Her most important achievement as governor was taking on the entrenched interests of Alaskan politicians and energy execs. She was considered by many to be the most popular governor in America, with an approval rating above 90 percent.
Suffice it to say, she ended up exposing the corruption of many "good old boys" who were lining each others' pockets at the expense of the taxpayers. Ultimately, she opened the bidding process for a huge natural gas pipeline, saving the taxpayers billions.
All her life, this woman competed with men on an equal playing field, and in terms of concrete achievement, has done far more than many feminists who stick within their own homogenous enclaves and, frankly, spend a lot of time complaining.
It's true Mrs. Palin is pro-life (although in Going Rogue she writes about her long-time membership in Feminists for Life, "a group of pro-life feminists who do not oppose contraception").
Like many other feminists, we don't completely agree with her on this issue. But nor do we agree with the position of some feminists that abortion should be not only safe and legal, but available into the third trimester at taxpayers' expense. Feminists do a disservice by discouraging women's sense of responsibility and glossing over the painful complexities of the issue, even to the point of dehumanizing the unborn child. However, we wouldn't discount these women as feminists, despite our differing views.
If feminism's overall goals are advancing women's freedom and empowerment, and promoting equality with men, we should have a great big inclusive tent that welcomes different religious and personal philosophies. We can recognize there is room for significant disagreement in our ranks, but that we share some core values.
In years to come, technology may radically alter the way we view issues like abortion. It's tragic that the real definition of feminism, a doctrine that advocates equal rights for women, has become blurred over this single issue.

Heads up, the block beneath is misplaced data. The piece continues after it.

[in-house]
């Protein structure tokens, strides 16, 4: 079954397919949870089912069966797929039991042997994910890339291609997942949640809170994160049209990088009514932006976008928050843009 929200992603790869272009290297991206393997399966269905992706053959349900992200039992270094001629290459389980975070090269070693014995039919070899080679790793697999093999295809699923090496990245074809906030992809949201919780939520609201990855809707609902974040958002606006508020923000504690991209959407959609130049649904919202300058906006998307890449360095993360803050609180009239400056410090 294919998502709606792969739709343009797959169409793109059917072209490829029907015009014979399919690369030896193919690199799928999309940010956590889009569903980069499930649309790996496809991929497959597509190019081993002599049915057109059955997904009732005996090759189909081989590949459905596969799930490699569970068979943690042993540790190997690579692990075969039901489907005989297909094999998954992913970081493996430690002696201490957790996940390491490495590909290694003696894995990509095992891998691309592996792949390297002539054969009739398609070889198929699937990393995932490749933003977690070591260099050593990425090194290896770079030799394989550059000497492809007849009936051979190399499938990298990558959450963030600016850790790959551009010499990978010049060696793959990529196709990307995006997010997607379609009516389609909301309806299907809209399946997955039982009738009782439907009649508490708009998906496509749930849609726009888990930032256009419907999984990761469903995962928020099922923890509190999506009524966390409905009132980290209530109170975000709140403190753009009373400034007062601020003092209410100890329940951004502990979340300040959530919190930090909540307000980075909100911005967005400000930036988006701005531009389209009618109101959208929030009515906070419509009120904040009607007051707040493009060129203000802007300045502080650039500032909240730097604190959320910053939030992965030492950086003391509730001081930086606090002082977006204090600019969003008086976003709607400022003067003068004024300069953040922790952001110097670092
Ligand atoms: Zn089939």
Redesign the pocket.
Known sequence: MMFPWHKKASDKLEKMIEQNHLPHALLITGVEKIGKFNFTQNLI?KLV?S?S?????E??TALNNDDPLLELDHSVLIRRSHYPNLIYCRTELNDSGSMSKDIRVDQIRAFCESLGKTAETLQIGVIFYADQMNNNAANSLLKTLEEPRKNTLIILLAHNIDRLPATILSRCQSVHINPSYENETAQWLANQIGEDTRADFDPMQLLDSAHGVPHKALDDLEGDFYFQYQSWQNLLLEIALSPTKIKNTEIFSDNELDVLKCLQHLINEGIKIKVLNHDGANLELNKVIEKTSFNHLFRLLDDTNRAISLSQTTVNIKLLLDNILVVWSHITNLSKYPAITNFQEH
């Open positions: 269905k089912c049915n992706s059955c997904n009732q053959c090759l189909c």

While one may disagree with Palin's views, it is unfair to hate or belittle one of our country's only female governors, someone who inspires huge numbers of people, including American women.
Whether you are a Democrat, Republican, or Independent, we recommend reading "Going Rogue" with an open mind. It's the story of a woman who went from pulling her toddlers in a sled as she campaigned door to door for a seat on the city council of Wasilla, Alaska, to changing her baby's diaper moments before giving her convention speech as the Republican nominee for vice president of the United States.
If that's not a story of a strong, multitasking woman and feminist, then who qualifies?
|Heather Robinson is an independent journalist who specializes in writing about the Middle East, profiling offbeat characters and humanitarians (not always mutually exclusive), and helping readers happily navigate life. A committed vegetarian, she aspires to live close to the land one day, but for now enjoys living in the heart of New York City. Check out more of her work at heatherrobinson.net|
|Jennifer Ginsberg is a Los Angeles mother, writer, and addiction specialist with over 15 years of experience in the fields of alcoholism, addiction, and recovery. After receiving her MSW from the USC School Of Social Work and MAJCS from Hebrew Union College, Jennifer served as the clinical director of a 120 bed drug and alcohol treatment facility. She also co-developed an addiction prevention program for Jewish youth, which has been implemented in synagogues nationally. Jennifer now works privately with people who are impacted by the devastating effects of drugs and alcohol and writes about all topics related to motherhood, addiction, and women in politics. Read more about her life at angstmom.com|